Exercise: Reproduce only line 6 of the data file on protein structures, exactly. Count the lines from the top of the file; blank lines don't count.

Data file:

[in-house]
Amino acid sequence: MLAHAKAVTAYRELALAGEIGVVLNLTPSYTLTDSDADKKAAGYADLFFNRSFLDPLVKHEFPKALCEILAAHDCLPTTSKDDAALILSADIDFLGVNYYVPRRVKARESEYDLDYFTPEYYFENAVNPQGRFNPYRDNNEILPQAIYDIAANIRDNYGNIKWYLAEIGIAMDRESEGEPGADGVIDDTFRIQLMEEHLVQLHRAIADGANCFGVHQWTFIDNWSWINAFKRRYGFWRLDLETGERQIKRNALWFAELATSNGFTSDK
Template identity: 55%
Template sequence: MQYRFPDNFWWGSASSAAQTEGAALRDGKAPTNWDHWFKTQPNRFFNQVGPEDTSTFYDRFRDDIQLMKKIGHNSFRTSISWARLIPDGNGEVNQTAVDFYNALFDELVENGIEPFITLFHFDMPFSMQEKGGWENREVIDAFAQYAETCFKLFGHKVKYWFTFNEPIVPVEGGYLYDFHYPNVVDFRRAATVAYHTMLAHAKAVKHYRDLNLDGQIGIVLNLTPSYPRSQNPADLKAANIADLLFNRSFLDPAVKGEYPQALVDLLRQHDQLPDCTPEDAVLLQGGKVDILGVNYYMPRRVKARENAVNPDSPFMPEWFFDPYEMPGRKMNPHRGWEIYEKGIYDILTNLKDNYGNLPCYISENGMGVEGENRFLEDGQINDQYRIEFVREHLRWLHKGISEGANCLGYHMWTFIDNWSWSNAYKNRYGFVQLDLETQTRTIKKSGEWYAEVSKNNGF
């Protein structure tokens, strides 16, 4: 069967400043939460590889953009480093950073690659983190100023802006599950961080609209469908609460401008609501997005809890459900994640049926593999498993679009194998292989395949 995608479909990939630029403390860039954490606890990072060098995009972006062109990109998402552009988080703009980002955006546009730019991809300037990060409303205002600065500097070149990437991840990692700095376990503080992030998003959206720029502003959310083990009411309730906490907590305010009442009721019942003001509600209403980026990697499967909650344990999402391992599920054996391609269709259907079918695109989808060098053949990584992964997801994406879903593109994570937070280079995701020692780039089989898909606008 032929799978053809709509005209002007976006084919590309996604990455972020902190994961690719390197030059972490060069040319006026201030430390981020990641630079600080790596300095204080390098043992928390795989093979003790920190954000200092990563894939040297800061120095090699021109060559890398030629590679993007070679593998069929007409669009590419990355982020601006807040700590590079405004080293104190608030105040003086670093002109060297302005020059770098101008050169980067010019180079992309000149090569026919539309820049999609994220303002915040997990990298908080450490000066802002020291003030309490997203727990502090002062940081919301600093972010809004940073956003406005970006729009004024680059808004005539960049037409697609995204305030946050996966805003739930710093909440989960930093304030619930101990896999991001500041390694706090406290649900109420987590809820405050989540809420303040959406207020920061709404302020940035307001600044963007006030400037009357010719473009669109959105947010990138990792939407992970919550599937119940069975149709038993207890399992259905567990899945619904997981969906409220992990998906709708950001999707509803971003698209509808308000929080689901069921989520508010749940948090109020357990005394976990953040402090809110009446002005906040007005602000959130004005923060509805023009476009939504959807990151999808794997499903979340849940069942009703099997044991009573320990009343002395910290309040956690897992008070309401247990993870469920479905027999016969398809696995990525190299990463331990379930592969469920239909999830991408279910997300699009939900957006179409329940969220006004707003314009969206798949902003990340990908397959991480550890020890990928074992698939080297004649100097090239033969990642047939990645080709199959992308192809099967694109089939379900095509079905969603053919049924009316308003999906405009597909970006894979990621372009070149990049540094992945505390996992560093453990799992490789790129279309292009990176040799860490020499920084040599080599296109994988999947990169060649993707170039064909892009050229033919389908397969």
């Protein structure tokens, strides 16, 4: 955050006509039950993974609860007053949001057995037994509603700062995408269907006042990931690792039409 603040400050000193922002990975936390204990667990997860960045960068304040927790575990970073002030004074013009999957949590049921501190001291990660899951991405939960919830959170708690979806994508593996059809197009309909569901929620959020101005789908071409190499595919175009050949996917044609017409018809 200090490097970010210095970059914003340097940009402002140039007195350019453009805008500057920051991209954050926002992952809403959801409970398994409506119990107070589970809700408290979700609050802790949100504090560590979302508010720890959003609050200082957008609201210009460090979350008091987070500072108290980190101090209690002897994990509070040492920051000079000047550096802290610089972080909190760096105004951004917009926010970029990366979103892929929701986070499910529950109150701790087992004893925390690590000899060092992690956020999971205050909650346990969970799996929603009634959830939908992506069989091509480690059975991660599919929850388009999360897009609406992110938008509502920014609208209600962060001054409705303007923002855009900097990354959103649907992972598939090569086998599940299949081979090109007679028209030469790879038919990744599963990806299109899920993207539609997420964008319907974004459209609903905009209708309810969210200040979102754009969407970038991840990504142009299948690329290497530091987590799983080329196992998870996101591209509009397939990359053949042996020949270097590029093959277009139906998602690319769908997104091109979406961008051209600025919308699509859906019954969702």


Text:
């Protein structure tokens, strides 16, 4: 955050006509039950993974609860007053949001057995037994509603700062995408269907006042990931690792039409 603040400050000193922002990975936390204990667990997860960045960068304040927790575990970073002030004074013009999957949590049921501190001291990660899951991405939960919830959170708690979806994508593996059809197009309909569901929620959020101005789908071409190499595919175009050949996917044609017409018809 200090490097970010210095970059914003340097940009402002140039007195350019453009805008500057920051991209954050926002992952809403959801409970398994409506119990107070589970809700408290979700609050802790949100504090560590979302508010720890959003609050200082957008609201210009460090979350008091987070500072108290980190101090209690002897994990509070040492920051000079000047550096802290610089972080909190760096105004951004917009926010970029990366979103892929929701986070499910529950109150701790087992004893925390690590000899060092992690956020999971205050909650346990969970799996929603009634959830939908992506069989091509480690059975991660599919929850388009999360897009609406992110938008509502920014609208209600962060001054409705303007923002855009900097990354959103649907992972598939090569086998599940299949081979090109007679028209030469790879038919990744599963990806299109899920993207539609997420964008319907974004459209609903905009209708309810969210200040979102754009969407970038991840990504142009299948690329290497530091987590799983080329196992998870996101591209509009397939990359053949042996020949270097590029093959277009139906998602690319769908997104091109979406961008051209600025919308699509859906019954969702």